In our last post in this series, we talked about how an MboSet is a collection of Mbo objects. This is analogous to a spreadsheet of data representing an MboSet, and a single row within that spreadsheet representing an Mbo. This article will discuss how to read single attributes from an Mbo, or in our spreadsheet analogy, look at data within a single cell within a row.

Once an MboSet has been fetched, data associated with the individual objects it contains can be extracted. Attributes that are associated with character data types, such as ALN, UPPER, and LOWER, can be retrieved by using the getString() method.

The getString() method is a member of both the Mbo and MboSet classes. The Mbo version fetches data from the Mbo object itself; the MboSet version fetches data from the current member of the MboSet.

For example, here moveFirst() is called to set the current member pointer to the first object in the woSet collection. Since woSet was newly restricted from a new setWhere() call, moveFirst() also triggers the retrieval of the record from the server. The getString() method of the woSet object is called and the value of the description attribute of the current member is retrieved.

woSet = mbo.getThisMboSet()
woSet.setWhere("wonum='1100'")
woSet.moveFirst()
woDesc = woSet.getString("DESCRIPTION")

In the next example the moveFirst() call, in addition to the above functions, also returns the work order object which is the new current member of woSet. The getString() method is called through the object wo and the value of the description attribute is retrieved.

woSet = mbo.getThisMboSet()
woSet.setWhere("wonum='1100'")
wo = woSet.moveFirst()
woDesc = wo.getString("DESCRIPTION")

Next, moveFirst() is called to make the first object the current member. A reference to that member is then retrieved by a getMbo() call. The getString() method is then called as before.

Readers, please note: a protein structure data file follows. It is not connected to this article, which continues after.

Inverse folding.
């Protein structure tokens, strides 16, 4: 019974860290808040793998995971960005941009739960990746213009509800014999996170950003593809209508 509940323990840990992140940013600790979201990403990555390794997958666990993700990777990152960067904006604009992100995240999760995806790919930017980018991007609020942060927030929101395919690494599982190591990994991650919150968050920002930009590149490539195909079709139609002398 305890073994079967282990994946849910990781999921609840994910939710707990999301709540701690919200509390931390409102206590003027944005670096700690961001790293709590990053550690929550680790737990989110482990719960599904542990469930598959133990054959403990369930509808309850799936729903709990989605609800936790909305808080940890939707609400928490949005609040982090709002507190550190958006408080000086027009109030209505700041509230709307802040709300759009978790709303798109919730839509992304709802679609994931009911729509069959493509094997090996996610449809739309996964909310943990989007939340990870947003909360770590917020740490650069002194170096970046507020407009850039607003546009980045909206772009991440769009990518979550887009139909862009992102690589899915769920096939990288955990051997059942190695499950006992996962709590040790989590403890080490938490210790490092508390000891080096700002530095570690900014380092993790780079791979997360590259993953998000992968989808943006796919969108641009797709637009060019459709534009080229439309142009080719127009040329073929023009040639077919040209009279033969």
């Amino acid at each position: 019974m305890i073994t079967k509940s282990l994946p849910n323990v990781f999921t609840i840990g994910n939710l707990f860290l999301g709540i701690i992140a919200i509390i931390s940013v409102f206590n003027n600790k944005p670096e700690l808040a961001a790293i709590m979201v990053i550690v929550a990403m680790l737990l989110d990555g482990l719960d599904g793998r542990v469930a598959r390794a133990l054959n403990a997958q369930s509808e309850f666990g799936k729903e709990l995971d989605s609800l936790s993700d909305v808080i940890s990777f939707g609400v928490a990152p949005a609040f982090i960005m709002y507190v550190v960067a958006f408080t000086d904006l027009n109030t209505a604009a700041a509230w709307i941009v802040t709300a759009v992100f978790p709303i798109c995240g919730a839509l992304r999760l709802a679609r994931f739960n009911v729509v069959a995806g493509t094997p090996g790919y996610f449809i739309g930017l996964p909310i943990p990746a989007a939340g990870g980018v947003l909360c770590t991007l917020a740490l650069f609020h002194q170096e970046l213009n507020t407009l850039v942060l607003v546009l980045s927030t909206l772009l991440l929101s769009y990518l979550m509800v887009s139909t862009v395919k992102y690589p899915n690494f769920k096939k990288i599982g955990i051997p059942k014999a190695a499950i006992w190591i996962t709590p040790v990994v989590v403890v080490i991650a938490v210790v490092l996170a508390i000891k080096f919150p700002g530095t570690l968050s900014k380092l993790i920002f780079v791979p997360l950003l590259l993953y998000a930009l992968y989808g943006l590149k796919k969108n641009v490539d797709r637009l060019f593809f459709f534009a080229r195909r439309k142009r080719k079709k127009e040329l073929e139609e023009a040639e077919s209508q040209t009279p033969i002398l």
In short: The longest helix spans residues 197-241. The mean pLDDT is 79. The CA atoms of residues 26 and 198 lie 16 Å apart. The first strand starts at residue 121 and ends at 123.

woSet = mbo.getThisMboSet()
woSet.setWhere("wonum='1100'")
woSet.moveFirst()
wo = woSet.getMbo()
woDesc = wo.getString("DESCRIPTION")

Note that the result is the same in each of these three examples. Which combination of calls should be used to reach the result depends entirely on what is most convenient in a given situation.

The getString() method may be used on all attributes regardless of their data types.

There are also getDate(), getInt(), getLong(), getByte(), getBoolean(), getFloat() and getDouble() methods, which return the value of an attribute as something other than a string. An attempt to use these methods on an underlying attribute not of the correct type results in an exception being thrown. For example the following does not work because the attribute is not of type DATE or DATETIME.

woDate = woSet.getDate("DESCRIPTION")

A list of the attributes whose values may be retrieved and the objects to which they belong is listed in the MAXATTRIBUTE table in the Maximo database. The OBJECTNAME column of this table corresponds to the table name, while the ATTRIBUTENAME column corresponds to the column name.

For a complete description of all methods available, refer to the Mbo and MboSet JavaDocs on the IBM Asset Management Developer Center.

Our next article will focus on reading multiple attributes from the current record in an MboSet.

Alex Walter is the Chief Innovation Officer at the A3J Group, a company he formed to address the need for innovative software solutions and integrated consulting services within the EAM industry. Alex brings 17 plus years of experience in business consulting in various industries including Life Sciences, Oil and Gas, Water and Waste Management, Education, Government Facilities, among others. Alex lives in Tampa, FL with his wife, two sons, and dogs. In his free time, he enjoys running half marathons, making space in his garage for new camping and outdoor equipment, traveling to far off places with the Walter Circus, and remaining hopeful that his NY Jets' best days are ahead of them and not behind.

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